- Changes in Emotional Health: MS can take a toll on mental health and lead to anxiety about your health.
Secondary Symptoms of MS
MS does not directly cause secondary symptoms. These symptoms are complications that arise from the body’s reaction to the disease. They include:
- Urinary Tract Infections: The risk of contracting a UTI rises when there is difficulty emptying the bladder.
- Trouble Walking: Constant exhaustion can result in difficulties with walking easily and steadily.
- Muscle Weakness: Physical exhaustion can lead to inactivity, which can lower bone density and lead to muscle weakness.
Multiple Sclerosis Symptoms by Sex
Research shows that the rate of multiple sclerosis is three times higher in female bodies than in male bodies. Although there isn’t conclusive evidence as to the imbalance of MS risk, some experts believe that hormones and biological sex may play a key role. Moreover, MS affects male and female bodies differently in three categories:
- Type of MS: Female bodies with MS are more likely to have Secondary progressive MS (SPMS) or relapsing-remitting MS (RRMS). In contrast, most male bodies with the disease have Primary Progressive MS (PPMS)
- Progression Rate: Although there is no scientific explanation, MS progresses faster in male bodies than in female bodies.
- Symptoms: Female bodies often show more scar tissue and MS lesions than male bodies, while the latter often have greater cognitive impairment and loss of nerve function.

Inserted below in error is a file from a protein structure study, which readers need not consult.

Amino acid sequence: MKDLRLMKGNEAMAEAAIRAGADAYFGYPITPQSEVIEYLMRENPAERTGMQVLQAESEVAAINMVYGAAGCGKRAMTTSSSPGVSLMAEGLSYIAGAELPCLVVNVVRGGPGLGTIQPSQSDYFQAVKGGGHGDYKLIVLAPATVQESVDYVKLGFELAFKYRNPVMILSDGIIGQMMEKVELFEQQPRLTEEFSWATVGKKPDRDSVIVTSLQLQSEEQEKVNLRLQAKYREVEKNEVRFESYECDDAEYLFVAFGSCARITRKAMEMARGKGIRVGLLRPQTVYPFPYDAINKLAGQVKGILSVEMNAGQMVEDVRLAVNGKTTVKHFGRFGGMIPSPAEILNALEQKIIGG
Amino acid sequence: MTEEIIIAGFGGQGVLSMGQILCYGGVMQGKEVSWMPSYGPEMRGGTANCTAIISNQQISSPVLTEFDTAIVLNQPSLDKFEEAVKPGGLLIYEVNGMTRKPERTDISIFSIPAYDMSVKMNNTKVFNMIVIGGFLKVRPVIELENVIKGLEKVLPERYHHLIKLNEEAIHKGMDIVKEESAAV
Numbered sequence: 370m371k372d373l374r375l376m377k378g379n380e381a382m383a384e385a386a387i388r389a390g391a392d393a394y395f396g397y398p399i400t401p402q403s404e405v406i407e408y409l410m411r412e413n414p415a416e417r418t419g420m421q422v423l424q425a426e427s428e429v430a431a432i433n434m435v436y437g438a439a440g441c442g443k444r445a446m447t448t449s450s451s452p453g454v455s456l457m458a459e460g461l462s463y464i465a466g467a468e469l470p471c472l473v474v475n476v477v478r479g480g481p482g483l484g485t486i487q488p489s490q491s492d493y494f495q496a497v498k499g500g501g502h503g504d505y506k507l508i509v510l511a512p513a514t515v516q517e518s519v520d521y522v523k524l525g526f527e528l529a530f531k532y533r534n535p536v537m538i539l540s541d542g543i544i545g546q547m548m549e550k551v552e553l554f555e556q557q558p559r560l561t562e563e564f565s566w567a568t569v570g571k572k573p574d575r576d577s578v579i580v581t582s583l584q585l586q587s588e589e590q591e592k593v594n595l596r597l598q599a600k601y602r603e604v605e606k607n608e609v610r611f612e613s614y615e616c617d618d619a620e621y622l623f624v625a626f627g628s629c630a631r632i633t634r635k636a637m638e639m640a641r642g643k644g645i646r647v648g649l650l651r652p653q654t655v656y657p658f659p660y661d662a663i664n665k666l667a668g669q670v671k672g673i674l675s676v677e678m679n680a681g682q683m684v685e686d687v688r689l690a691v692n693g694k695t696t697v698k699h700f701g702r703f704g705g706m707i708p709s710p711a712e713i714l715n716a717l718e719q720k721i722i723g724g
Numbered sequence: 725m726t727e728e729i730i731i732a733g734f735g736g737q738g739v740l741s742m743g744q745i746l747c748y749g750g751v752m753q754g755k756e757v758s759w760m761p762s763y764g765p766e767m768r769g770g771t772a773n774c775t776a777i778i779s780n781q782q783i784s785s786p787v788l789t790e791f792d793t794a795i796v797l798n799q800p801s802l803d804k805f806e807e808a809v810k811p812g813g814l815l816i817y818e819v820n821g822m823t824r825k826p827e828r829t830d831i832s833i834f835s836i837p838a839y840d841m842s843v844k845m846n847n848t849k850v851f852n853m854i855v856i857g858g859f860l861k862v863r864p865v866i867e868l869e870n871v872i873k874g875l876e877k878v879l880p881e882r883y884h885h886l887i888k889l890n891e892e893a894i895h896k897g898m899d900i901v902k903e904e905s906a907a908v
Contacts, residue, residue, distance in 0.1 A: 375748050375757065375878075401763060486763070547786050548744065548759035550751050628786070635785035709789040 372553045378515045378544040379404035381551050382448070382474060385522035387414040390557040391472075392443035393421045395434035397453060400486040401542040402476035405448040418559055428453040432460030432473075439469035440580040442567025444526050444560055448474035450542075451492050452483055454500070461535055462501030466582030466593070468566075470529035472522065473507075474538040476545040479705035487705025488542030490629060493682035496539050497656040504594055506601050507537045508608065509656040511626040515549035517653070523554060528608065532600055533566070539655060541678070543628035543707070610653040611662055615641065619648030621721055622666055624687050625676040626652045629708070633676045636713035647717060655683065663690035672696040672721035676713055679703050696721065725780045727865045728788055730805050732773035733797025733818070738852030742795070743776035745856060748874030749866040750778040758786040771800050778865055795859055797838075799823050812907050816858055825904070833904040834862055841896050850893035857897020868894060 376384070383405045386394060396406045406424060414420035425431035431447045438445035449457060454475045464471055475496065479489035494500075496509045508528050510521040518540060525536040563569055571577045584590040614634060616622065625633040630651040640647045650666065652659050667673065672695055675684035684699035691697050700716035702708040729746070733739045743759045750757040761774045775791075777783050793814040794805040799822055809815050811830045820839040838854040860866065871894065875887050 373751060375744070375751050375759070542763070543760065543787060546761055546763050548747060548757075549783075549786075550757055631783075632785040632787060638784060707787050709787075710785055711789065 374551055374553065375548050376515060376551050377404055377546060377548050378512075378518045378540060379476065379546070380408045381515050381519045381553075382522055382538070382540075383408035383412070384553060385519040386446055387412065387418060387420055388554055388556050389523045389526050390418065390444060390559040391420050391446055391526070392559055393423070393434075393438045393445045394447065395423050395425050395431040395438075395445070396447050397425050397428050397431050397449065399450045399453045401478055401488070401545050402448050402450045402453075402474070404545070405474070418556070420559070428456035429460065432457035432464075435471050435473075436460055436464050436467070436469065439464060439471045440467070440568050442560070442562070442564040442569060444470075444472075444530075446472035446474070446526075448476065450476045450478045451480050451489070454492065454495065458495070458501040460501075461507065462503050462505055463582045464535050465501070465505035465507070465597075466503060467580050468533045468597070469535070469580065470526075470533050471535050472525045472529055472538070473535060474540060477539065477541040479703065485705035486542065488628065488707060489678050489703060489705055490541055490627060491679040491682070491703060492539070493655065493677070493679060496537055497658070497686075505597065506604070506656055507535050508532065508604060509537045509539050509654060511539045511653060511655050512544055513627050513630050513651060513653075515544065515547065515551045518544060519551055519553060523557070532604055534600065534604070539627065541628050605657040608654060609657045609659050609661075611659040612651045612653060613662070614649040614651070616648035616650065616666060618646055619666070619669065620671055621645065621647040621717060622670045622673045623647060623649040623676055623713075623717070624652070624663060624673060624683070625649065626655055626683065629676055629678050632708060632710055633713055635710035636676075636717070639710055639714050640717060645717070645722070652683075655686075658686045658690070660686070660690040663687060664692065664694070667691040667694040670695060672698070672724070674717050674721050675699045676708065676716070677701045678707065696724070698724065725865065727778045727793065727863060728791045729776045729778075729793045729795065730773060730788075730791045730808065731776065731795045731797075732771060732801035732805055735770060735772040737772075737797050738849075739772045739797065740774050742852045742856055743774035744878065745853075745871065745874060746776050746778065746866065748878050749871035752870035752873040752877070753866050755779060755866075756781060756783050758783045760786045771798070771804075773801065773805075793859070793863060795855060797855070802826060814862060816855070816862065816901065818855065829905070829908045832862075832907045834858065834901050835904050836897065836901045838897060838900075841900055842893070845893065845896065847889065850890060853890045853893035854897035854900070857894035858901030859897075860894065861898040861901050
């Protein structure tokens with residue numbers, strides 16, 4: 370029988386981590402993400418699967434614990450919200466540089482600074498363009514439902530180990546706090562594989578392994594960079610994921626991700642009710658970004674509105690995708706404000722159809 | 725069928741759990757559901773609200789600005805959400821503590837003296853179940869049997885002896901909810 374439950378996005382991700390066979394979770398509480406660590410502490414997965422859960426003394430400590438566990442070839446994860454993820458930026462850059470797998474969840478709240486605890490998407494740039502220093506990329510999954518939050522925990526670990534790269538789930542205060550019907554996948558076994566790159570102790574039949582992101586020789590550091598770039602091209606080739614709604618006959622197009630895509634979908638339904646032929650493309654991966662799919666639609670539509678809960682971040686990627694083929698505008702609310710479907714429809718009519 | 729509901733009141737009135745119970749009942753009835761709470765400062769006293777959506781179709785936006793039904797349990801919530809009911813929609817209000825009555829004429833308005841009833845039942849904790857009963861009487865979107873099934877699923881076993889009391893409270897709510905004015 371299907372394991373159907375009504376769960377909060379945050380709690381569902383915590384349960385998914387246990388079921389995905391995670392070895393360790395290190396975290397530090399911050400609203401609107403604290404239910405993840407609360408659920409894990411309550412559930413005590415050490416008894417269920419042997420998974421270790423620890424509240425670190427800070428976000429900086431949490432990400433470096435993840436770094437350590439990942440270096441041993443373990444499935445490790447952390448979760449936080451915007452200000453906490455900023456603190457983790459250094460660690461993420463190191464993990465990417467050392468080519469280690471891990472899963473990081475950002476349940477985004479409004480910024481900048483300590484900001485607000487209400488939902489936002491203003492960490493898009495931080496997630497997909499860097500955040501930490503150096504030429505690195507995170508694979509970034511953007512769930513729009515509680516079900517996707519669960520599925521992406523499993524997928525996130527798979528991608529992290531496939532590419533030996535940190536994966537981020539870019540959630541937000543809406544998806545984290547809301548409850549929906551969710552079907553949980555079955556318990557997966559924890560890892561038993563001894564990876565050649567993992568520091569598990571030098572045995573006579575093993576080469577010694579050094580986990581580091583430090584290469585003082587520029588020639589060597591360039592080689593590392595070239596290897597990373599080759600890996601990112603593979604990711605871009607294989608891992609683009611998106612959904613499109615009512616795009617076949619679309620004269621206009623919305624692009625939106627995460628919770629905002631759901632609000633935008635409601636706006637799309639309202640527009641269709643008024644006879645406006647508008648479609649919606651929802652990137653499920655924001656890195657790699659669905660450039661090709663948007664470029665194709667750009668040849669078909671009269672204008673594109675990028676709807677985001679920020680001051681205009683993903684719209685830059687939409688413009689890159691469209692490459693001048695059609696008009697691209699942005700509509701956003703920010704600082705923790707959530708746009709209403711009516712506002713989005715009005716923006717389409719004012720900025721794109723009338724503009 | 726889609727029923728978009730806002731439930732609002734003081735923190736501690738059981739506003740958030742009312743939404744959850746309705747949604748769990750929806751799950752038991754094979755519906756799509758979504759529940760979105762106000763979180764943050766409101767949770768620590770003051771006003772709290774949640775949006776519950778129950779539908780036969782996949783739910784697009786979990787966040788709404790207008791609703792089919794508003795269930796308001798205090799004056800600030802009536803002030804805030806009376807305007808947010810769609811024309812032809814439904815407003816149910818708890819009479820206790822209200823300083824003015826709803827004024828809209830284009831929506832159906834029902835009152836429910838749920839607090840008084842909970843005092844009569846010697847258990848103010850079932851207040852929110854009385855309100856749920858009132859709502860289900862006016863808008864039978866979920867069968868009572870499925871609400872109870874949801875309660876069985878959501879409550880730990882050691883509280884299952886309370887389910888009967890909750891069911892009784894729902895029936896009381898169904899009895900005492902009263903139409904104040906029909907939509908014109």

Causes of Multiple Sclerosis
Scientists are yet to uncover the exact cause of MS. However, research shows that certain risk factors contribute to the condition. The risk factors include:
- Smoking: Smokers are two times more likely to develop MS. They also have more brain shrinkage and lesions than non-smokers.
- Vitamin D deficiency: MS is common in colder countries far from the equator. This implies that lack of enough sunlight could increase the chances of developing the disease.
- Vitamin B12 deficiency: Our bodies need vitamin B12 to produce myelin, the protective covering of nerve cells. If deficient, you are more vulnerable to immune system attacks.
- Certain viruses: Exposure to certain infections, such as the Epstein-Barr virus, can trigger MS.
- Genetics: Although MS is not hereditary, having a family member with it increases your chances of developing the condition.
- Autoimmune diseases: Other autoimmune complications, such as thyroid disease, increase your chances of developing MS.
What is the Onset Age for MS?
MS can strike at any age, but research shows that the disease is most common in adults between the ages of 20 and 40. The condition can also affect older adults (late-onset MS) and children (pediatric MS).
The Best Rehabilitation Center for Multiple Sclerosis
At Brooks Rehabilitation, we understand the hardships of living with multiple sclerosis. That’s why we want to help. We have worked with hundreds of MS patients and helped them lead optimum lives.
You don’t have to walk this journey alone; contact us today to learn more about our MS rehabilitation center.